It used to be that a lie was half way around the world before truth had got it’s boots on. Now the ‘laughably false’ is being pursued at the speed of light.

      Great stuff.

      So, Sunny was right to take the research at face value and the academic was, what….?

      Perhaps Mr Putnam would like to do a guest piece here? I’m pretty sure that it would be welcomed. Most of us are able to look objective reality in the eye without flinching too much. And you never know, Mr Putnam, it might prove interesting.

    5. douglas clark — on 15th March, 2008 at 7:55 am  

      Here, I think, is Mr Putnams most obvious insight:

      It is my hypothesis that a society will more easily reap the benefits of immigration, and overcome the challenges, if immigration policy focuses on the reconstruction of ethnic identities, reducing their social salience without eliminating their personal importance. In particular, it seems important to encourage permeable, syncretic, ‘hyphenated’ identities; identities that enable previously separate ethnic groups to see themselves, in part, as members of a shared group with a shared identity.

      Is that, without the erudition, what I have been trying to say?

      For no. On another, adjacent thread, I have been ignored, ’cause Sikhs are only interested in debating with other Sikhs’.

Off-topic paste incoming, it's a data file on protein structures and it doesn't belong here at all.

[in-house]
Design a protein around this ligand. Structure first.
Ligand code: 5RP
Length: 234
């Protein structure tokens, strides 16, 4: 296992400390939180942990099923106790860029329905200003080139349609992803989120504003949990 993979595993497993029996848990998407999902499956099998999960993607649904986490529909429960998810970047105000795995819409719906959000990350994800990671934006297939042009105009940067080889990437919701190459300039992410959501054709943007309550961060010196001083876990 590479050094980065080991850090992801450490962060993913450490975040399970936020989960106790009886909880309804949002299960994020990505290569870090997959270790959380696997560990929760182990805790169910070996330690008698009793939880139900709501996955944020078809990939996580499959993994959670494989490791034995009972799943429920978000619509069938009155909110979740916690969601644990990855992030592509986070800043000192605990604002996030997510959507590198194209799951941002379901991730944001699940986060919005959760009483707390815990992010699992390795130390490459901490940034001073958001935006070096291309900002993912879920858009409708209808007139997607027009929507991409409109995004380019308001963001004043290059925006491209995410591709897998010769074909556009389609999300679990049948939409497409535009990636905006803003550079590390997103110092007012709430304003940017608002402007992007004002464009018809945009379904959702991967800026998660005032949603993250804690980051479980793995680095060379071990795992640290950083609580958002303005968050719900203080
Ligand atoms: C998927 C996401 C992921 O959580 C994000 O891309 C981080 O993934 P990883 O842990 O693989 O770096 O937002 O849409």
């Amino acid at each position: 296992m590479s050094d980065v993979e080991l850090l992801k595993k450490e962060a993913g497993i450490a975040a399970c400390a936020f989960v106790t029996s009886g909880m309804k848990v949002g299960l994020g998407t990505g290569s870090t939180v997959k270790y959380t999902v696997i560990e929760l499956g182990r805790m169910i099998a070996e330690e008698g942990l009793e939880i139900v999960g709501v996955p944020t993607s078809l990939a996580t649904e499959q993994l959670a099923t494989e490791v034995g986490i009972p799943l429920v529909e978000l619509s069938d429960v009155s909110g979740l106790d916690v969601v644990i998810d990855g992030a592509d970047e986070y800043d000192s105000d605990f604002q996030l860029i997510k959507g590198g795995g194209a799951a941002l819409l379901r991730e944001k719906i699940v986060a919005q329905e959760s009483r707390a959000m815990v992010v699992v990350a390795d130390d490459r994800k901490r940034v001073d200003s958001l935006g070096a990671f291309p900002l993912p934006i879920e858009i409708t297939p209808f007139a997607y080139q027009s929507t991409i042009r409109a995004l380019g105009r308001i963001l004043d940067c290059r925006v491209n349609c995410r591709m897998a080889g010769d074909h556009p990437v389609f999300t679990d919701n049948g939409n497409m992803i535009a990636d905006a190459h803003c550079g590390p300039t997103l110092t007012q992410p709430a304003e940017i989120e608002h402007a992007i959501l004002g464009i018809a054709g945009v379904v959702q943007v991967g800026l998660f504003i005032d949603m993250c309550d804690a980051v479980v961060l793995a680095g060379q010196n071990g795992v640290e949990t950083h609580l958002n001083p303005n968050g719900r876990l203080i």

Which is ridiculously insular.

    6. Praguetory — on 15th March, 2008 at 8:10 am  

      It would be interesting to have Putnam doing a guest post as his conclusions don’t seem to follow from his findings.

      Has social capital in my hometown of Birmingham reduced? I think so.

      Is diversity a factor in this reduction? I don’t know, but it looks like it is.

      Are the X,000 Somalians that have settled in Sparkbrook and other inner city areas currently making a positive contribution economically, socially or culturally? Not from what I hear from news reports, educational league tables, inner city teachers and policemen of my acquaintance.

      When receiving massively culturally different groups into our inner cities, where are the grounds for optimism?

    7. douglas clark — on 15th March, 2008 at 8:38 am  


      From the latter part of his analysis. Please read it all. I am not saying it is conclusive, I am just saying that it is pretty good evidence that folk like you are wrong. Which is no surprise, really.

      How is Prague these days?

      Hopefully, no Somalian is getting your goat.